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Google & three other tech giants agree to pay $324M to settle conspiracy lawsuit

Four tech giants, including Google and Apple, have agreed to pay more than $300 million to settle a class-action lawsuit accusing them of conspiring to restrain salaries.

A class-action lawsuit had alleged that Google, Apple, Adobe and Intel had been conspiring to prevent their engineers and other technology workers from getting better job opportunities from one another.

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Google posts weaker-than-expected Q1 results

Google shares slipped as much as 6.2 per cent in extended trading on Wednesday after the internet search giant reported weaker-than-expected revenues and profits for the first quarter.

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Google celebrates April Fools’ Day with Pokemon challenge

Continuing its tradition of playing pranks on April Fools' Day, Internet search giant Google on Monday launched a Pokemon Challenge and asked web users to capture a bunch of little monsters to get the newly available position of Pokemon Master.

In the accompanied video, Google executive Brian McClendon joked that recruits must capture all 150 Pokemons from their far-flung hideouts from around the globe.

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Crackle, Vudu, Rdio & PlayOn finally available via Google Chromecast

Gradually expanding the list of its offerings, Google's Chromecast has become compatible with a number of much sought-after services like porting video content service Crackle, , and online movie service Vudu, and music-streaming service Rdio.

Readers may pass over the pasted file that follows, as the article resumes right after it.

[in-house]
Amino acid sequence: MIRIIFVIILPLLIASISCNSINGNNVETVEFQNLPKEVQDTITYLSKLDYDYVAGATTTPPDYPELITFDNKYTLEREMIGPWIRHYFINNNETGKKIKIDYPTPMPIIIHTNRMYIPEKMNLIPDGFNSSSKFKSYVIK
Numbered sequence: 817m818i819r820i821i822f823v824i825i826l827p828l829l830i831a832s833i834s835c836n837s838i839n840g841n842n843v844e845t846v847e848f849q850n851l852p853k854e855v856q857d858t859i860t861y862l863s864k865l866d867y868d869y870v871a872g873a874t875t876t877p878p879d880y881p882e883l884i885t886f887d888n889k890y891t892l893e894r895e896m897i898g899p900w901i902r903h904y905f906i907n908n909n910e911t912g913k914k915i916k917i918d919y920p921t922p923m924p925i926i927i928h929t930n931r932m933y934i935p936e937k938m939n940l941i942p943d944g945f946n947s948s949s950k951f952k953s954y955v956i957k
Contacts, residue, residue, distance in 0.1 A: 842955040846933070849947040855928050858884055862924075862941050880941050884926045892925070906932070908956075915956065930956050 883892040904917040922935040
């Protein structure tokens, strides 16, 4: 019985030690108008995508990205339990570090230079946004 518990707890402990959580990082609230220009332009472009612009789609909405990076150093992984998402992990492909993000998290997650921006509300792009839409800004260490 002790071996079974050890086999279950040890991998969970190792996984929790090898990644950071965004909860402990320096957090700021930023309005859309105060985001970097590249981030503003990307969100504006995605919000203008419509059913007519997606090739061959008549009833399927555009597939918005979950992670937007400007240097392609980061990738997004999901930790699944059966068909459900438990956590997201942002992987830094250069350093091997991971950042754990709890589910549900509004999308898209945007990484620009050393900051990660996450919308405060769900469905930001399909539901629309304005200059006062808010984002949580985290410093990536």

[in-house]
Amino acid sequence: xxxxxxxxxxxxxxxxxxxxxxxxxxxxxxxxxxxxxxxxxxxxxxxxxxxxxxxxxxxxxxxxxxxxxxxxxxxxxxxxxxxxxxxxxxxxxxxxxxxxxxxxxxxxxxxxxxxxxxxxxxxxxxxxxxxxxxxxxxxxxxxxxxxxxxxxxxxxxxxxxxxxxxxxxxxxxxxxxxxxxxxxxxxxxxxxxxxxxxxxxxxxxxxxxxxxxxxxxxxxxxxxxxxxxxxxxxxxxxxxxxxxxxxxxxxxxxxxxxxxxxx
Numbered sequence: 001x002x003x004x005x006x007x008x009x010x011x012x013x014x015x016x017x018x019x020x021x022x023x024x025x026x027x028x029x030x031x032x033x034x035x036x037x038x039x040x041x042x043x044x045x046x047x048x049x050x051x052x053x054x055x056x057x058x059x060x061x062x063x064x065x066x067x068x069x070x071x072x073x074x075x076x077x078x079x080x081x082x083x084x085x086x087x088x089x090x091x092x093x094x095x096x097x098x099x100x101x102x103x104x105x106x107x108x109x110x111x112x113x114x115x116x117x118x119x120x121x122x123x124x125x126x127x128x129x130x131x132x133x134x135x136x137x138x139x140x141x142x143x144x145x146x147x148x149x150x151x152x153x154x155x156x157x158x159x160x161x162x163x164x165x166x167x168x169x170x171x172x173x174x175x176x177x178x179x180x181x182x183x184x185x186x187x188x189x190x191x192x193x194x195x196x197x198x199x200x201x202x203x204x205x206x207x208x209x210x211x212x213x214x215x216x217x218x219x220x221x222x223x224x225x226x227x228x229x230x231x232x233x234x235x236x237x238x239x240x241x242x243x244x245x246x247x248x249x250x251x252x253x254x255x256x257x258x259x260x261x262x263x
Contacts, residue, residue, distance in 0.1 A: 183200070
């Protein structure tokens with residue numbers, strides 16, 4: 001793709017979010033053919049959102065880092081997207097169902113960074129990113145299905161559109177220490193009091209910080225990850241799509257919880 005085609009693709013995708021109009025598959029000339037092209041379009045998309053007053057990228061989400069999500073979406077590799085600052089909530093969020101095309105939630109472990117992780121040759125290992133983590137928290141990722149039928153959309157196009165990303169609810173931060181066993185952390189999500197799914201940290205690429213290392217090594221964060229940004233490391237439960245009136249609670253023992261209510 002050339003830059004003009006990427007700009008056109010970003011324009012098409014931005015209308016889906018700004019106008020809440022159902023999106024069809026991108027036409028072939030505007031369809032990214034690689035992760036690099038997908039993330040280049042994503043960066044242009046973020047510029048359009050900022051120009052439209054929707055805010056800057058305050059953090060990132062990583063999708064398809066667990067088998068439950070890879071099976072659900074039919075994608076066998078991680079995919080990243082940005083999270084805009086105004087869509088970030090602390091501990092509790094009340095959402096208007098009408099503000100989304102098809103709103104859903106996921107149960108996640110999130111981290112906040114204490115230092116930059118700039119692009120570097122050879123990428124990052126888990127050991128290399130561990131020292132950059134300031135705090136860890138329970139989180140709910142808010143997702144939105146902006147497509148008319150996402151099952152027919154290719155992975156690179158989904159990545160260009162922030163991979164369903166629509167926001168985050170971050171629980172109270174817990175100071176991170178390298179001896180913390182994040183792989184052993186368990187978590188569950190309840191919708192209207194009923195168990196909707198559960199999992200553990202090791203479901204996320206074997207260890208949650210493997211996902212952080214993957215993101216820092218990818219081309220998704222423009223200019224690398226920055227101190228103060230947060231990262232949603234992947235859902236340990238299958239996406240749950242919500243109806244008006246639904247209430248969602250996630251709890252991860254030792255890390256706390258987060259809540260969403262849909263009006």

Crackle, which is a video streaming app from Sony, allows users to stream TV shows and films for free. To generate revenue for its owner, this app shows advertisements. Both the Android- and iOS-based Crackle apps are now compatible with Chromecast.

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Google takes confrontational stance while dispelling myths about Glass

Concerned about the negative public perception of Google Glass, tech giant Google Inc has made an attempt to address the top 10 myths about the upcoming technology. But, the company defensive tone may not be able to convince everyone, partly because it took confrontational stance.

For instance, trying to dispel myth 2 "Glass is always on and recording everything," the company took a provoking stance and asked consumers to if they keep their other devices always on.

When it came to Myth 6 "Glass covers your eye(s)," Google questioned consumers if they had actually tried the device.

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